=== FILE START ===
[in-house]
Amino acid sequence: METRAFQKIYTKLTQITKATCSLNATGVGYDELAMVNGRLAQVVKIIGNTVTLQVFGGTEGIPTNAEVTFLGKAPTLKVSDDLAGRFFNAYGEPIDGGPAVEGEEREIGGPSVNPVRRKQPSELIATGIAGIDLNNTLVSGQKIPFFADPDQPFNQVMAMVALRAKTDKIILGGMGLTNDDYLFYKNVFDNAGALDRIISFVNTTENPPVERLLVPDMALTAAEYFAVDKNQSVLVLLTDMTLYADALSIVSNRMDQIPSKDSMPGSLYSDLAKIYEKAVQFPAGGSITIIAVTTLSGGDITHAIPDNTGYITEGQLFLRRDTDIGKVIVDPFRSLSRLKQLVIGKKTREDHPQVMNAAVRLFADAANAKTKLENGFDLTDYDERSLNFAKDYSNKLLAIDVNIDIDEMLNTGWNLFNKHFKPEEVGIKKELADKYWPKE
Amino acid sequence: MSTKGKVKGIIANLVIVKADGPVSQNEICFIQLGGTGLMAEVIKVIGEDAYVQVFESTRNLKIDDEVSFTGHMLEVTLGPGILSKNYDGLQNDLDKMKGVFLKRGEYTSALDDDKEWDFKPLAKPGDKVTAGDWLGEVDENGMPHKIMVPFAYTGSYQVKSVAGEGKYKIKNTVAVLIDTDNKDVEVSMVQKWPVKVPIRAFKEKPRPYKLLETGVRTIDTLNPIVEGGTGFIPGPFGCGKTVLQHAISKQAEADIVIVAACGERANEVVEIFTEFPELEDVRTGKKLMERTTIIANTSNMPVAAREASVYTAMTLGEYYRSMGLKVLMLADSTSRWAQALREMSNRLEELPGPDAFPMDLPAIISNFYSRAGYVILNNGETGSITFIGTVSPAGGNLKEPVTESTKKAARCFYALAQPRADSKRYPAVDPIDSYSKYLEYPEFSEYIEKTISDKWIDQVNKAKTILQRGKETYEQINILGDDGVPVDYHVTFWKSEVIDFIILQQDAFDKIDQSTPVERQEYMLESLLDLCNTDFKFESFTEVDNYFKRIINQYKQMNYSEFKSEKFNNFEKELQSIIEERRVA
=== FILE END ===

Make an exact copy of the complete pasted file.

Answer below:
[in-house]
Amino acid sequence: METRAFQKIYTKLTQITKATCSLNATGVGYDELAMVNGRLAQVVKIIGNTVTLQVFGGTEGIPTNAEVTFLGKAPTLKVSDDLAGRFFNAYGEPIDGGPAVEGEEREIGGPSVNPVRRKQPSELIATGIAGIDLNNTLVSGQKIPFFADPDQPFNQVMAMVALRAKTDKIILGGMGLTNDDYLFYKNVFDNAGALDRIISFVNTTENPPVERLLVPDMALTAAEYFAVDKNQSVLVLLTDMTLYADALSIVSNRMDQIPSKDSMPGSLYSDLAKIYEKAVQFPAGGSITIIAVTTLSGGDITHAIPDNTGYITEGQLFLRRDTDIGKVIVDPFRSLSRLKQLVIGKKTREDHPQVMNAAVRLFADAANAKTKLENGFDLTDYDERSLNFAKDYSNKLLAIDVNIDIDEMLNTGWNLFNKHFKPEEVGIKKELADKYWPKE
Amino acid sequence: MSTKGKVKGIIANLVIVKADGPVSQNEICFIQLGGTGLMAEVIKVIGEDAYVQVFESTRNLKIDDEVSFTGHMLEVTLGPGILSKNYDGLQNDLDKMKGVFLKRGEYTSALDDDKEWDFKPLAKPGDKVTAGDWLGEVDENGMPHKIMVPFAYTGSYQVKSVAGEGKYKIKNTVAVLIDTDNKDVEVSMVQKWPVKVPIRAFKEKPRPYKLLETGVRTIDTLNPIVEGGTGFIPGPFGCGKTVLQHAISKQAEADIVIVAACGERANEVVEIFTEFPELEDVRTGKKLMERTTIIANTSNMPVAAREASVYTAMTLGEYYRSMGLKVLMLADSTSRWAQALREMSNRLEELPGPDAFPMDLPAIISNFYSRAGYVILNNGETGSITFIGTVSPAGGNLKEPVTESTKKAARCFYALAQPRADSKRYPAVDPIDSYSKYLEYPEFSEYIEKTISDKWIDQVNKAKTILQRGKETYEQINILGDDGVPVDYHVTFWKSEVIDFIILQQDAFDKIDQSTPVERQEYMLESLLDLCNTDFKFESFTEVDNYFKRIINQYKQMNYSEFKSEKFNNFEKELQSIIEERRVA